The Chicago Fire wrap-up their 2013 campaign on Sunday with a game at the New York Red Bulls, who are in prime position to win the first major trophy in their 18 year history. A win puts Chicago in playoff territory, and even a loss could see them backing into the postseason with a little help from the Fates.
Controlling your own destiny is nice, but the Fire are also in position for destiny to give them an assist. One loss or draw by either Houston or New England and Chicago can punch their ticket for the playoffs. The final whistle in New York could find Chicago ranked as high as third in the conference—allowing them to skip the knockout round of the playoffs—or sitting on the sidelines with a sixth place finish and dazed memories of an extraordinary second-half run that came up just short.
Here are the potential playoff scenarios for the Men in Red on the final day, from the best possible scenario to the worst:
Chicago clinches the #3 seed IF:
--They win in New York AND Montreal lose in Toronto.
Toronto played Chicago tough on Saturday, and only lost on a penalty kick that was awarded on a very questionable call. They’re playing for pride here, and nothing makes the good people of Toronto more proud than knowing that they ruined everything in the world for their Francophone neighbors. A loss by L’Impact only helps the Fire if they can secure at least one point against New York, as Montreal still owns the tiebreaker.
Chicago clinches a playoff spot IF:
--They win in New York.
--They draw in New York AND Montreal lose in Toronto.
--Houston lose or draw in Washington.
--New England lose or draw in Columbus.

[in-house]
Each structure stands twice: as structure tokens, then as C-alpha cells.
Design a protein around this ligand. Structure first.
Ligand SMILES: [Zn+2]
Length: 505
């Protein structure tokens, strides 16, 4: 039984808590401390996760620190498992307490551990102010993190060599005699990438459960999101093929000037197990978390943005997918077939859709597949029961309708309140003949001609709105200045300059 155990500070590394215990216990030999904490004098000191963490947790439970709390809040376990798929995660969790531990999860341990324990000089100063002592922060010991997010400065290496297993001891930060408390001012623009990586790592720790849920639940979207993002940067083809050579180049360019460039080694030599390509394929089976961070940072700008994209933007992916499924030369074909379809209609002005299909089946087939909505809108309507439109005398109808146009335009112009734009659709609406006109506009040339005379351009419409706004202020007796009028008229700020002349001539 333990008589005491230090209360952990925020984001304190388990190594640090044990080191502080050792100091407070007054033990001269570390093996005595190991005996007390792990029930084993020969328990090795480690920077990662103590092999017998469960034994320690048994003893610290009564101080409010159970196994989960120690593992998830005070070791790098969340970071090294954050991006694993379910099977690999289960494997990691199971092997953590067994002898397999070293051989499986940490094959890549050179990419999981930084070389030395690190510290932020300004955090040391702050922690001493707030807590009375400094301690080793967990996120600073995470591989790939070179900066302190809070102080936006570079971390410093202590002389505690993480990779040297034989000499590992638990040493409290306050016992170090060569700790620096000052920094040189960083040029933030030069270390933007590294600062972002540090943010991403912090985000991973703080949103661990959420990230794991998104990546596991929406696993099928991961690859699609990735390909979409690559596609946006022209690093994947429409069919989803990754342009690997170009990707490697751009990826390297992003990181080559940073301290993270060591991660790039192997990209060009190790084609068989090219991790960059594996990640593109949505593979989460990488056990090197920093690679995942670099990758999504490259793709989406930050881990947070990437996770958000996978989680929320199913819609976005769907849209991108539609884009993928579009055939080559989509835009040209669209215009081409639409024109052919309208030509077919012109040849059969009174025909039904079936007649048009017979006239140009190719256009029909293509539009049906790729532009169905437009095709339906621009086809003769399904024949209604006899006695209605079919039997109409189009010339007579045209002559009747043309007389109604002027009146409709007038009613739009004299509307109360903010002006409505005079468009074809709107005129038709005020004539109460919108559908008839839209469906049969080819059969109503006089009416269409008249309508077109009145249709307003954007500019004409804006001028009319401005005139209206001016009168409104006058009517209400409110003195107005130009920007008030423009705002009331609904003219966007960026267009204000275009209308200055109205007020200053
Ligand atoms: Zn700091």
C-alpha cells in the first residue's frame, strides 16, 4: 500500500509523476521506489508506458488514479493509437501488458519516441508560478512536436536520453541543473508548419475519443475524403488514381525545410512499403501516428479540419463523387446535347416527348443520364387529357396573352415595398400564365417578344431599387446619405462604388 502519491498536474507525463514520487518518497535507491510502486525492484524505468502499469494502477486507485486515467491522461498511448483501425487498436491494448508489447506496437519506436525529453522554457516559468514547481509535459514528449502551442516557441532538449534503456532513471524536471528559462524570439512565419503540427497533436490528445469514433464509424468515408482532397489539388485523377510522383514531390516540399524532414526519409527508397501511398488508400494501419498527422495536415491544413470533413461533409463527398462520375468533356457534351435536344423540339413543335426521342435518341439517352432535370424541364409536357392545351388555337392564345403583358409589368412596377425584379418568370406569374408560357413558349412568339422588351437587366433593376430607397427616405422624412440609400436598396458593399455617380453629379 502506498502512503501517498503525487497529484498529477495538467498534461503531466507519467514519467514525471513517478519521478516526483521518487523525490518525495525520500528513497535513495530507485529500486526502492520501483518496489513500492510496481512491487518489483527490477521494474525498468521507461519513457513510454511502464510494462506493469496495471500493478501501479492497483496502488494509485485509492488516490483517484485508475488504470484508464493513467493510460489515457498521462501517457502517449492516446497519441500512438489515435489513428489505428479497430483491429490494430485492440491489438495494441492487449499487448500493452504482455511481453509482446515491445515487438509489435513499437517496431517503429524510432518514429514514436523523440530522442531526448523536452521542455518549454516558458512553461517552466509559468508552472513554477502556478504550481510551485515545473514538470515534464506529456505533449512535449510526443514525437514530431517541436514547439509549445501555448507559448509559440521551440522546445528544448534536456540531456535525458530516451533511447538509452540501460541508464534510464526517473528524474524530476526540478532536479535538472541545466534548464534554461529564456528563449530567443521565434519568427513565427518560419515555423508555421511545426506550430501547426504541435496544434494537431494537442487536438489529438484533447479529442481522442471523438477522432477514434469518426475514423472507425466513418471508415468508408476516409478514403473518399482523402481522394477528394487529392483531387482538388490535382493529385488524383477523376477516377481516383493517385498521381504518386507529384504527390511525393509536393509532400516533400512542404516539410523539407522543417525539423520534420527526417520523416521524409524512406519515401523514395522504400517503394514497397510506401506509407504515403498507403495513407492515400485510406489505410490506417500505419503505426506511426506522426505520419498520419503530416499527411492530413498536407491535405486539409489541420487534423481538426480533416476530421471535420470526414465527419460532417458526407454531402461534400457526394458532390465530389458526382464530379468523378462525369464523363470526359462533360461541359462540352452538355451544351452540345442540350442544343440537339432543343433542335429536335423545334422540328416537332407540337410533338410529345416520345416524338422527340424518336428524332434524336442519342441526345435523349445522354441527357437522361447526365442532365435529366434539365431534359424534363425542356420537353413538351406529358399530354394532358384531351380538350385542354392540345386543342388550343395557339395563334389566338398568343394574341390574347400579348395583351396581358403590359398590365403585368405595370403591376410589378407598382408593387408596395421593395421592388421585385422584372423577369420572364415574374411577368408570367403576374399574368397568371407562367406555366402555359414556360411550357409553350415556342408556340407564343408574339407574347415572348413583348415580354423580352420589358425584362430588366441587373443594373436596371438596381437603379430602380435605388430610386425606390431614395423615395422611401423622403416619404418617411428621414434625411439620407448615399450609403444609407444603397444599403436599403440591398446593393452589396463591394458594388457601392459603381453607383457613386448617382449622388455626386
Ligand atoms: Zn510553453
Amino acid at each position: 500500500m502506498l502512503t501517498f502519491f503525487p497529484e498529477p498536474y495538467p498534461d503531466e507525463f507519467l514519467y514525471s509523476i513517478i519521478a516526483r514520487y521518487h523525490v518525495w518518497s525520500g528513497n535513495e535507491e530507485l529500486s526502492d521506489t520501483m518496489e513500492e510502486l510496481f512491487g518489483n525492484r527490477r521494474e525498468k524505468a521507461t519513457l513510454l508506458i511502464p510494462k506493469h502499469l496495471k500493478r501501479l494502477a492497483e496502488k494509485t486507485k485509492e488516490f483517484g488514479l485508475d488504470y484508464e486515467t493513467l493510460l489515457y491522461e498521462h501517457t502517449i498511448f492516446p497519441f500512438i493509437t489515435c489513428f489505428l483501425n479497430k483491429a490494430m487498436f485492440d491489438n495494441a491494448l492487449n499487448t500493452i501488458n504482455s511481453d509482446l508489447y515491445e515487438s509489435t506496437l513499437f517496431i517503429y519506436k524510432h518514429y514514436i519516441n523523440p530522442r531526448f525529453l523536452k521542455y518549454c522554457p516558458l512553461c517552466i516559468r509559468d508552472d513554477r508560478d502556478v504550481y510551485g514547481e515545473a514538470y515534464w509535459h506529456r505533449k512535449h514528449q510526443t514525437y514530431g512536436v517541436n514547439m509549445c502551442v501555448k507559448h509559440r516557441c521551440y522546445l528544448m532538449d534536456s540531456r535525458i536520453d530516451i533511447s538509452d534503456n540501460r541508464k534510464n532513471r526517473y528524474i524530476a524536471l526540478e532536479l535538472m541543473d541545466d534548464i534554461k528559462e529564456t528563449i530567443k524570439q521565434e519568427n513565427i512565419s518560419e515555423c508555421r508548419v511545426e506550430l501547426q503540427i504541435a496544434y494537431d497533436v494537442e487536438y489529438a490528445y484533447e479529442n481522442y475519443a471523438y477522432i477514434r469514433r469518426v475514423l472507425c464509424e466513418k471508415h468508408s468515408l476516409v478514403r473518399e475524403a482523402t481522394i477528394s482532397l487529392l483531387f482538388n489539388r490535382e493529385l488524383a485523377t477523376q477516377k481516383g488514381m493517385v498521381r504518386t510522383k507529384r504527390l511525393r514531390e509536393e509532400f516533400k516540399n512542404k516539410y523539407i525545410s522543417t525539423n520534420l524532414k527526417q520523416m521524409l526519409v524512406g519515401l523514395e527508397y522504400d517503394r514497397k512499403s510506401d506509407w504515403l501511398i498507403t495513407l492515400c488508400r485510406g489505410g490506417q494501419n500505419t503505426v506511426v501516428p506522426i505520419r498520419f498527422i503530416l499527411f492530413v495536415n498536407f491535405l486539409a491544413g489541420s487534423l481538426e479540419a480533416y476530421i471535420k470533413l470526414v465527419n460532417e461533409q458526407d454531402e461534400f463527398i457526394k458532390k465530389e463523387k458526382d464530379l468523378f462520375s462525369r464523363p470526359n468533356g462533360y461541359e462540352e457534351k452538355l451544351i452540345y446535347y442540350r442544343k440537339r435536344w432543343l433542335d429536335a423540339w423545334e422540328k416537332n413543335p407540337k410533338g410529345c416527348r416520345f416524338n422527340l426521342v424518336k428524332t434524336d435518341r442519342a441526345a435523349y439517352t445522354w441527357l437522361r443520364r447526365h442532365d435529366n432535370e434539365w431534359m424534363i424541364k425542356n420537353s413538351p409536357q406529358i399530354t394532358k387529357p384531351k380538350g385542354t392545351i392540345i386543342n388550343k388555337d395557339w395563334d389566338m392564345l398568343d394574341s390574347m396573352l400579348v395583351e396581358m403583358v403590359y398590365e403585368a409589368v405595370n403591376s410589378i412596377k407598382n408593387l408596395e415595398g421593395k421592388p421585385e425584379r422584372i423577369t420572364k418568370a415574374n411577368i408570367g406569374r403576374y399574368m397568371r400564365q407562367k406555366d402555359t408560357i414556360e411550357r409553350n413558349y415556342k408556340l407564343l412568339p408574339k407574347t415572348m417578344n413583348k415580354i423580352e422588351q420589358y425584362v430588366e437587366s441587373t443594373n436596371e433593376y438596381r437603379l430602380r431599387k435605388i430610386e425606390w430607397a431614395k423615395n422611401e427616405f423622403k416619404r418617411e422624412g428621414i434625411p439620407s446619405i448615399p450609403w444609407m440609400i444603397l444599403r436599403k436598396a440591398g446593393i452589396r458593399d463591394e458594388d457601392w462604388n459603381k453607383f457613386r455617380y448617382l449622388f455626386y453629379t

Any of these four scenarios gives the Fire a spot, and they should have a pretty good idea of what’s required of them before they even take the field on Sunday. Montreal and Toronto square off on Saturday, and Houston will have wrapped their game in D.C. before kick-off at Red Bull Arena. Houston was sitting pretty two days ago, but their home thrashing at the hands of New York has them on the outside looking in this week. Much like last week, Columbus and New England will be into their second half by the time Chicago’s game gets rolling, and the Houston result will have a sizable impact on the amount of scoreboard watching done by Frank Klopas and the Chicago faithful.
Chicago misses the playoffs IF:
--They draw in New York AND Houston win in Washington AND New England win in Columbus AND Montreal win or draw in Toronto.
--They lose in New York AND Houston win in Washington AND New England win in Columbus.
In short, several things need to happen in order for the Fire to miss the playoffs. It’s a feeble comfort, however, since New England, Houston and Montreal are facing the three teams at the bottom of the Eastern Conference table. It’s possible that Chicago come into their game knowing that anything short of a win will leave them out in the cold.
No pressure or anything.
New York will also have a clear idea of what they need to do coming into the match, as the three other teams in competition for the Supporters’ Shield (Real Salt Lake, Portland and Kansas City) all play earlier in the week. There is even the (very) remote possibility that New York will already have the Supporters’ Shield locked up before kick-off—a long shot scenario that involves both Real Salt Lake and Portland failing to pull wins against Chivas USA and Kansas City failing to pull a win against Philadelphia. Short of that, however, New York is going to need points, though how many points will be determined by Kansas City. If KC wins in Philadelphia, New York need a win to take the Shield. If KC lose or draw, then New York will only need a draw to take it, no matter what happens out west.
Not that any of that concerns Chicago. For the Fire, there are three teams that can keep them out of the playoffs, and it would take all three to make that happen (Philadelphia can knock out New England or Houston, but not Chicago). It’s not a bad position to be in, but the possibility that Chicago will need a road win against the league’s best team to squeeze into the playoffs remains very real. And it might be the most appropriate scenario to wrap up Chicago’s roller coaster campaign.